Iran has not, will not build nuclear weapon – Israeli military chief
Israeli Defense Forces Lieutenant General Gantz told Ha'aretz daily that Iran was moving “step by step” to a point where the production of a nuclear weapon would be feasible. However, he says Iran's Supreme Leader Ayatollah Ali Khamenei hasn't yet decided “to go the extra mile" to build a nuclear bomb.
“If the supreme religious leader Ayatollah Ali Khamenei wants, he will advance it to the acquisition of a nuclear bomb, but the decision must first be taken… I don't think he will want to go the extra mile.”
Gantz said that Khamenei’s decision to build a nuclear weapon could only be based on the belief that Iran is invulnerable to a response, an unlikely scenario given that the country’s nuclear facilities “are not bomb proof,” making their operations “too vulnerable” to retaliation.
And the Iranian leadership is “composed of very rational people,” Gantz said.
In sharp contrast to the increasingly bellicose rhetoric of Prime Minister Benjamin Netanyahu, Gantz maintains “the international pressure on Iran, in the form of diplomatic and economic sanctions, is beginning to bear fruit.”
Although he said 2012 is a “critical year," it is “not necessarily 'go, no-go’” when it comes to conducting a war.
Netanyahu cut a very different figure during an interview with CNN, demanding that Iran give up all uranium enrichment, even at the levels necessary for peaceful atomic energy – nowhere near those needed for creating a nuclear weapon.
"After you stop all enrichment… you will get these (fuel) rods from another country that can allow you to use nuclear energy for peaceful purposes," he said.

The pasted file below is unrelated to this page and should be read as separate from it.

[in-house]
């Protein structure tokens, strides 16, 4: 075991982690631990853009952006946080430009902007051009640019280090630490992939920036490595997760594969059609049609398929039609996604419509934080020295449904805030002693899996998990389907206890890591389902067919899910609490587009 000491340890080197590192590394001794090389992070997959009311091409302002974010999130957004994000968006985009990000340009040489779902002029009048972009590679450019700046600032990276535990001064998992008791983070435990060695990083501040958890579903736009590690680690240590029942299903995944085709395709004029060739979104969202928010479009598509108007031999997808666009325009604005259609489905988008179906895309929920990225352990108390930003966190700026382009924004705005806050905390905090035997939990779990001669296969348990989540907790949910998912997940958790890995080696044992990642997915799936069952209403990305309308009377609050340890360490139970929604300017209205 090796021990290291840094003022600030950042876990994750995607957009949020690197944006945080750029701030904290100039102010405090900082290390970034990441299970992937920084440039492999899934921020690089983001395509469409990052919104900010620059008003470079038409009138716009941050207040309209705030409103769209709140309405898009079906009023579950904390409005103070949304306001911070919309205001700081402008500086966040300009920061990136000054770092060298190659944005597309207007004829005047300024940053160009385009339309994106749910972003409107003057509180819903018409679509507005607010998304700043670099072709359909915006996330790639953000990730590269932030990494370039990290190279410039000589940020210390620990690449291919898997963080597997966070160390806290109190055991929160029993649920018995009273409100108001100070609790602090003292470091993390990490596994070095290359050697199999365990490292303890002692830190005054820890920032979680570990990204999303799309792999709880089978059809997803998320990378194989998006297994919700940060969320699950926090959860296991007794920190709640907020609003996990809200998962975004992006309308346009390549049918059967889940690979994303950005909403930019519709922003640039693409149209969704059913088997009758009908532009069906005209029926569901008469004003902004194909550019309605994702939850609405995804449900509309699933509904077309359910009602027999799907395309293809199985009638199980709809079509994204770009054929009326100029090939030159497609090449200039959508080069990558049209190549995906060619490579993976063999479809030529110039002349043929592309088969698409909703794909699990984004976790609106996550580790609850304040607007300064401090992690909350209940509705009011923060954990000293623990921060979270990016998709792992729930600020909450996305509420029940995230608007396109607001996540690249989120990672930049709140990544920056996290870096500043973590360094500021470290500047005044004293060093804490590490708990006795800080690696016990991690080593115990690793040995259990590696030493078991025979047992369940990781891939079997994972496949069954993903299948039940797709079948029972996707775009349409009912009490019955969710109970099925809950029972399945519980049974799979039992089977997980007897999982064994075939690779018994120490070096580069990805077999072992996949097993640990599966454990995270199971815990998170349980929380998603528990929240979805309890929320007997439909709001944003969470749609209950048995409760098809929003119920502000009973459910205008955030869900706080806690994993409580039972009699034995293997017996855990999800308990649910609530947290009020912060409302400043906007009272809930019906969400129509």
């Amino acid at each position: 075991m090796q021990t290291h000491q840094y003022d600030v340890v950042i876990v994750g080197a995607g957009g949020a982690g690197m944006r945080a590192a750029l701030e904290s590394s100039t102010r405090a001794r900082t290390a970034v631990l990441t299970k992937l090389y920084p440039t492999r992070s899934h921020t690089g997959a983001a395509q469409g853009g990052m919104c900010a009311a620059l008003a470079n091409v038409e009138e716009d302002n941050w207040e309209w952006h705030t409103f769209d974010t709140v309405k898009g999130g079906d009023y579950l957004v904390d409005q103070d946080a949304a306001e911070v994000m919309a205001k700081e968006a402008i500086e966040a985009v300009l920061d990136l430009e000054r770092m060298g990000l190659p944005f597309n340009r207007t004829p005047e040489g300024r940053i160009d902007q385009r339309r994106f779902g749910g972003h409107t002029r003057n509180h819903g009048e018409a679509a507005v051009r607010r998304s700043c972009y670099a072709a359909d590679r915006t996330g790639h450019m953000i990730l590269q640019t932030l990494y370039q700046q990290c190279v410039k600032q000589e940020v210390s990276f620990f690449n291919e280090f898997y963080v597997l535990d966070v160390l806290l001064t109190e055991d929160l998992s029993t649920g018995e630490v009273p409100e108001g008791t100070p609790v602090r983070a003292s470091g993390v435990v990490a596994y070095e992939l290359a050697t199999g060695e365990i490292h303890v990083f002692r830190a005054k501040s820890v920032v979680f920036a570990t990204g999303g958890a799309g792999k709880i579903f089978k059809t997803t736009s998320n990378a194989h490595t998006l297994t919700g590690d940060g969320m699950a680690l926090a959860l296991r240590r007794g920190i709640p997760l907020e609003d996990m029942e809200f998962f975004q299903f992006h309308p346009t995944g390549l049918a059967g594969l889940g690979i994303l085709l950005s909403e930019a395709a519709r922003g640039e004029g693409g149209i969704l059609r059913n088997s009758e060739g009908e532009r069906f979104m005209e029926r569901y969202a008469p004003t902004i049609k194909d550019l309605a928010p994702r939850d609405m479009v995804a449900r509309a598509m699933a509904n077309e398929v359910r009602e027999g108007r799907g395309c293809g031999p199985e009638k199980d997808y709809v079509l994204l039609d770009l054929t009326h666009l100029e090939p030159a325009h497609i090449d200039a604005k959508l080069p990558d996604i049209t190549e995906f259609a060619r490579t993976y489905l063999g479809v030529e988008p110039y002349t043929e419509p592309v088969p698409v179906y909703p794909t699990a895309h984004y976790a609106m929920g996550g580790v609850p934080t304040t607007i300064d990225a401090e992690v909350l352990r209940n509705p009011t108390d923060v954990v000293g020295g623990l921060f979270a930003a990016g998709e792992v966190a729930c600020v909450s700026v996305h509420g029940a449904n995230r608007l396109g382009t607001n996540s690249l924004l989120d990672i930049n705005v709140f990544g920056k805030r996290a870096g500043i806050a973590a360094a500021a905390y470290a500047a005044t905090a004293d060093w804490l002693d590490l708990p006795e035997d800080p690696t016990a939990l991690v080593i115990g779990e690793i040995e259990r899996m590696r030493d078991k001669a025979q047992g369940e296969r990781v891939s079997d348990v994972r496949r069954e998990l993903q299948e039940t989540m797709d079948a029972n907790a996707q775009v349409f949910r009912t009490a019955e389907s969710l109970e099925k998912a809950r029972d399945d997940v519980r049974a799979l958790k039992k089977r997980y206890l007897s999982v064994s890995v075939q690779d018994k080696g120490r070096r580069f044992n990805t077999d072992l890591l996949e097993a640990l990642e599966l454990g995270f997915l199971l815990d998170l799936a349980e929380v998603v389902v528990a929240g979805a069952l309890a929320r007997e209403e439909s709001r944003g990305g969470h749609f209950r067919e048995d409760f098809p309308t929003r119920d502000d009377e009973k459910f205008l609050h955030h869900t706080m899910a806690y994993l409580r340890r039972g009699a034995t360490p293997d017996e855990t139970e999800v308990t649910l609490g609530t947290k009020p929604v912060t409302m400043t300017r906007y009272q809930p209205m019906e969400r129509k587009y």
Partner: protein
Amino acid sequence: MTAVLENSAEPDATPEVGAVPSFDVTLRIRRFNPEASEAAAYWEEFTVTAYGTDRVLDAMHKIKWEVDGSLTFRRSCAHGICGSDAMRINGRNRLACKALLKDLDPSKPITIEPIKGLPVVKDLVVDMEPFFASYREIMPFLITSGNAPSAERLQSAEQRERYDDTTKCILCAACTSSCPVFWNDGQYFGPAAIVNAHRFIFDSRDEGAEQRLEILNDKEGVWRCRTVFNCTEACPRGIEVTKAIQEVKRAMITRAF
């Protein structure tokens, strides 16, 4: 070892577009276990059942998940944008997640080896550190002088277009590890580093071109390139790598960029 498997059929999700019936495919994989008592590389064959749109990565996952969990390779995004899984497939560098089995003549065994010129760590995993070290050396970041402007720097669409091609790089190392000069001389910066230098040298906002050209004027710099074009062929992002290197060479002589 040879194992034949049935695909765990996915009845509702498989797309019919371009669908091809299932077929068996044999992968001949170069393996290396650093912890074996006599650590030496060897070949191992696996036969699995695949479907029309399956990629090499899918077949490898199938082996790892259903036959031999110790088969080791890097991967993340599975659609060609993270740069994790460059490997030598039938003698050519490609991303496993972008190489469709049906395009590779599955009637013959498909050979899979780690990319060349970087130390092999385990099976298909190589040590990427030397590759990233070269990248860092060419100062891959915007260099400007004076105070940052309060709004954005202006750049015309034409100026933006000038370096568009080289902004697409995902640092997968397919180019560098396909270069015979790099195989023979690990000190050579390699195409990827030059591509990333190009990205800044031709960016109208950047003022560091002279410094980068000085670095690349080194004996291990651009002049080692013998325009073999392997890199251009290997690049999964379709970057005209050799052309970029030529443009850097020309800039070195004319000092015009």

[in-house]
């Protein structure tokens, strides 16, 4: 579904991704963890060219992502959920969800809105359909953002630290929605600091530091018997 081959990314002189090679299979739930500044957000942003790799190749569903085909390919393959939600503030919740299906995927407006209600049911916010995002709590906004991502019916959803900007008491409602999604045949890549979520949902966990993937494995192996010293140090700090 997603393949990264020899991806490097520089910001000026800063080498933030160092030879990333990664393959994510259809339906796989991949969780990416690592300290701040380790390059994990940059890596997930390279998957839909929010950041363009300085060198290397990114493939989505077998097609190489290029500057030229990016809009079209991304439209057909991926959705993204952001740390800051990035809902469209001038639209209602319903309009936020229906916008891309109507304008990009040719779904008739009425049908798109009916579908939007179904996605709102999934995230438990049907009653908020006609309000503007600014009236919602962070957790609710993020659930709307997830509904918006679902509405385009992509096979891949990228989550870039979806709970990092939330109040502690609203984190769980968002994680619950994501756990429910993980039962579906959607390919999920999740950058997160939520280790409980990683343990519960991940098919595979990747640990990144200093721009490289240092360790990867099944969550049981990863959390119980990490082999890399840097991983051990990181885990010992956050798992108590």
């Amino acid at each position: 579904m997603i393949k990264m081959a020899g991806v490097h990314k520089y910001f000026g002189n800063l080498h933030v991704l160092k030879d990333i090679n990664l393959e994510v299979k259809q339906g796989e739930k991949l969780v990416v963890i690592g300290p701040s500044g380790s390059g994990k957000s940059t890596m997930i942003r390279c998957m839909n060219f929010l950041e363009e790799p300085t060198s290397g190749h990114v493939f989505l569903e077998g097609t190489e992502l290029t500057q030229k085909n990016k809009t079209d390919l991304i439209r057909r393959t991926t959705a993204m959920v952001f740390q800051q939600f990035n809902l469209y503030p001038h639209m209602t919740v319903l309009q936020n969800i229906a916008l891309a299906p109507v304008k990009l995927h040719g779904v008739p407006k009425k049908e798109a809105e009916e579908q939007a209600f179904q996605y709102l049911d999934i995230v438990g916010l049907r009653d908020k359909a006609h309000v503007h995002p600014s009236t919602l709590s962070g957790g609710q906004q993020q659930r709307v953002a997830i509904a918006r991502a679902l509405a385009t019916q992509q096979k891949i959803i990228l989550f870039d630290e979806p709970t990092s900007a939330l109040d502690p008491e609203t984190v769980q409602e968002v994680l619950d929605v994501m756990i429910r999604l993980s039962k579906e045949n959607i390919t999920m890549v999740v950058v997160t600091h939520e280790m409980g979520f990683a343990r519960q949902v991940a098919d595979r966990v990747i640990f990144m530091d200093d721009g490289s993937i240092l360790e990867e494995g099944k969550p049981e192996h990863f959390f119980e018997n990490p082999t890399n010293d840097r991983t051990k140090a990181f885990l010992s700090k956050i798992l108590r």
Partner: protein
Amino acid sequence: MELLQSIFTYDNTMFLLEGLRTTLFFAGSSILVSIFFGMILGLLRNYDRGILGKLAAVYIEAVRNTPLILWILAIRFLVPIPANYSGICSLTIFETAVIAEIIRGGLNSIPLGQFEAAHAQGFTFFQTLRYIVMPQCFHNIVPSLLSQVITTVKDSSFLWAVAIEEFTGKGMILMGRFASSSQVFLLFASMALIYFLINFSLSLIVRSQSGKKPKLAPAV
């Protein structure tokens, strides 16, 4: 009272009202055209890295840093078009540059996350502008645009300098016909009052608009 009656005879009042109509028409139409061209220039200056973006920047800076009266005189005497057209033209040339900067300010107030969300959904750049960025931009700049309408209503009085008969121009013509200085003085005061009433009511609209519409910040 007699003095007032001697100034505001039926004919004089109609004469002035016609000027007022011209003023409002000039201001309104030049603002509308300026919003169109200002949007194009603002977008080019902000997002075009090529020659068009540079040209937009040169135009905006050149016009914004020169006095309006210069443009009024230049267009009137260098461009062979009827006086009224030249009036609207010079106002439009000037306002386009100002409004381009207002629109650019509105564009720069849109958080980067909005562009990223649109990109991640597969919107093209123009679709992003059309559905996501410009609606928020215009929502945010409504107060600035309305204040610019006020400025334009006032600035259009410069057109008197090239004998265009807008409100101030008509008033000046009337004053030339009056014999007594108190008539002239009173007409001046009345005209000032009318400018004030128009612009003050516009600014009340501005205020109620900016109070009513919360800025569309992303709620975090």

Netanyahu continued that while the sanctions "are certainly taking a bite out of the Iranian economy… they haven't rolled back the Iranian program or even stopped it by one iota," he said.
“Nuclear centrifuges are spinning as we speak,” he continued. “So if the sanctions are going to work, they better work soon."
When asked if his comments were making an Israeli military strike inevitable, Netanyahu replied: "I'm not worried what we look like. I'm worried about stopping this."
This past March, Netanyahu had said a strike on Iran was possible within a matter of months.
And while Western diplomats lauded the talks held between world powers and Iran in Istanbul this month over Tehran's nuclear program, Israeli Defense Minister Ehud Barak denounced the diplomatic efforts as a waste of “precious time.”
Netanyahu also derided the talks, claiming the international community had given Tehran a “freebie” by not demanding the Islamic Republic suspend its uranium enrichment program.
For his part, Gantz said that as "a military man", “the military option is the last chronologically but the first in terms of its credibility. If it's not credible, it has no meaning.”
He said that while Israel did face “the potential for an existential threat,” any decisions “must be made carefully, out of historic responsibility but without hysteria."
Iran has long maintained that its nuclear program is purely for power generation and medical application. On Monday, Iranian Foreign Minister Ali Akbar Salehi said he was hopeful that the upcoming nuclear talks in Baghdad would put them on track for a long-term settlement.
"I see that we are at the beginning of the end of what I call the 'manufactured Iran file'," Salehi said.
The United States has definitely been key to the rift within the Israeli government, Middle East expert Ali Rizk told RT.
“The Americans conveyed the message to the military, and used their relations with the Israeli military, to put pressure on those who support the military action – like Netanyahu,” he asserted.
But going forward with military action in Iran now would put the Israeli alliance with the US at risk, Rizk said. And with the Israeli military statement against the operation, the Israeli public would not understand Netanyahu if he did in fact decide to go ahead with intervention.